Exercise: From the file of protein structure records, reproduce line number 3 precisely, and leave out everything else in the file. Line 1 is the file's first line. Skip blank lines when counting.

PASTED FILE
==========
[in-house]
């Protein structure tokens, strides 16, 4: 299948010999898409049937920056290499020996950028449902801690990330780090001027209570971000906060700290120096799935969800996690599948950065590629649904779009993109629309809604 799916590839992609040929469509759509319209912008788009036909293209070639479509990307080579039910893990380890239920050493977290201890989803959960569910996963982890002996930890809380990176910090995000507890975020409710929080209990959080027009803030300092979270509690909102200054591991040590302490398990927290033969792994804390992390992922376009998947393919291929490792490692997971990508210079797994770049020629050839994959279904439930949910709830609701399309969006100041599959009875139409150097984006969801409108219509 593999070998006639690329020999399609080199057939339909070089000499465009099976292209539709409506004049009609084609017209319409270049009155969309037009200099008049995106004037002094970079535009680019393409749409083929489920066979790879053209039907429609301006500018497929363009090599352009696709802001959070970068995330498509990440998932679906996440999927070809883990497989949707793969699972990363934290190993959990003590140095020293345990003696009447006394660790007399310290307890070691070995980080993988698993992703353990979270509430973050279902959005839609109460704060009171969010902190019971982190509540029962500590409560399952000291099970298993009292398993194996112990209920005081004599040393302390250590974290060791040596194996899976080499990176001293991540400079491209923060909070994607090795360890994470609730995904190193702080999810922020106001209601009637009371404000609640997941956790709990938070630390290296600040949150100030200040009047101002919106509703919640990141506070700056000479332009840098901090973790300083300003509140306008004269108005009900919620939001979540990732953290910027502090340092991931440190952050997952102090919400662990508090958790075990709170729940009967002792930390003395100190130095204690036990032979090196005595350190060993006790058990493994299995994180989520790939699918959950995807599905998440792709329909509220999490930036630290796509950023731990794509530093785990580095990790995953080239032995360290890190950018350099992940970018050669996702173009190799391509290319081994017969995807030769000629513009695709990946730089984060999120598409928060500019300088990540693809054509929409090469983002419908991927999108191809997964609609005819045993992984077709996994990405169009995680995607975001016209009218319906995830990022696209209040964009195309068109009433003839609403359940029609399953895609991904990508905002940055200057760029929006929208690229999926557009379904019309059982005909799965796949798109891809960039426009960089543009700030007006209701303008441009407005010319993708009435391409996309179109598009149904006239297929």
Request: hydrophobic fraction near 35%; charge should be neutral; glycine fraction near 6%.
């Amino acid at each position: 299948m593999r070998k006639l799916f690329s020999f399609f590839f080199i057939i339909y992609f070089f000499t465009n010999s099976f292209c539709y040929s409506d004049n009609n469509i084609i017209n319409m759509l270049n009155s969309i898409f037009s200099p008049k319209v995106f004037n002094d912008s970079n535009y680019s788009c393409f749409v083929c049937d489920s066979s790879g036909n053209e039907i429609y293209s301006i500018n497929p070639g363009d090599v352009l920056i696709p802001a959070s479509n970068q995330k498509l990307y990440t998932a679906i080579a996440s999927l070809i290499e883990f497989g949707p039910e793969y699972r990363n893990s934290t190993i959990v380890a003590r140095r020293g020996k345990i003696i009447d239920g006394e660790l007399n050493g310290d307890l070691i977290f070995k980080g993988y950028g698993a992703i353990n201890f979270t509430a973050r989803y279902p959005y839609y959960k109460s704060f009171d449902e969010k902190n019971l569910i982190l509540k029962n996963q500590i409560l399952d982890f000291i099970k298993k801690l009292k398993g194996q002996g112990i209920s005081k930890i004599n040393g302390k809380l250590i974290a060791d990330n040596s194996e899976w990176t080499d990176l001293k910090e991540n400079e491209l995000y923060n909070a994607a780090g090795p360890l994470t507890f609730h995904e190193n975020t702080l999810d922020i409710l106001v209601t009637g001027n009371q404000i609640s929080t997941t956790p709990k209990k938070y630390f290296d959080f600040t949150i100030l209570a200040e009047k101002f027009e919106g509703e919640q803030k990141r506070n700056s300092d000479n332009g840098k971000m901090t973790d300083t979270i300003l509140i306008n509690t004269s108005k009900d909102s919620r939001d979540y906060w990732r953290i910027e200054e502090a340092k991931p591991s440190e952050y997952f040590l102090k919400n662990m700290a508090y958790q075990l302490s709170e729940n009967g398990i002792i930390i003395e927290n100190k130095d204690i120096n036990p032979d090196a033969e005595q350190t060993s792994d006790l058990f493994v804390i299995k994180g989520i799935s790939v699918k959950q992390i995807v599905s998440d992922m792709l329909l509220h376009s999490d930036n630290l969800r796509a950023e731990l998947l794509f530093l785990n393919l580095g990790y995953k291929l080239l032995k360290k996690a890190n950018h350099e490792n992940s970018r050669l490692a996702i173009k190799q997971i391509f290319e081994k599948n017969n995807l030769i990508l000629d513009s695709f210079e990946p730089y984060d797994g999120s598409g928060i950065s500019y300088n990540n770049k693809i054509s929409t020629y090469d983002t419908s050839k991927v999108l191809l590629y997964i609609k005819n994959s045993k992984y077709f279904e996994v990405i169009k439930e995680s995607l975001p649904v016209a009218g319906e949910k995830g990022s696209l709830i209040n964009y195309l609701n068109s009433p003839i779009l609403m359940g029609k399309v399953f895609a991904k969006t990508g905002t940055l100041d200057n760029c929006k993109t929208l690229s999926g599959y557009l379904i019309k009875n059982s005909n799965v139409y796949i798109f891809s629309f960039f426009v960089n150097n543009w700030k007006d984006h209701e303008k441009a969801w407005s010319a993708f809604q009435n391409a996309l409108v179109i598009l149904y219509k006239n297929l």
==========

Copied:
Request: hydrophobic fraction near 35%; charge should be neutral; glycine fraction near 6%.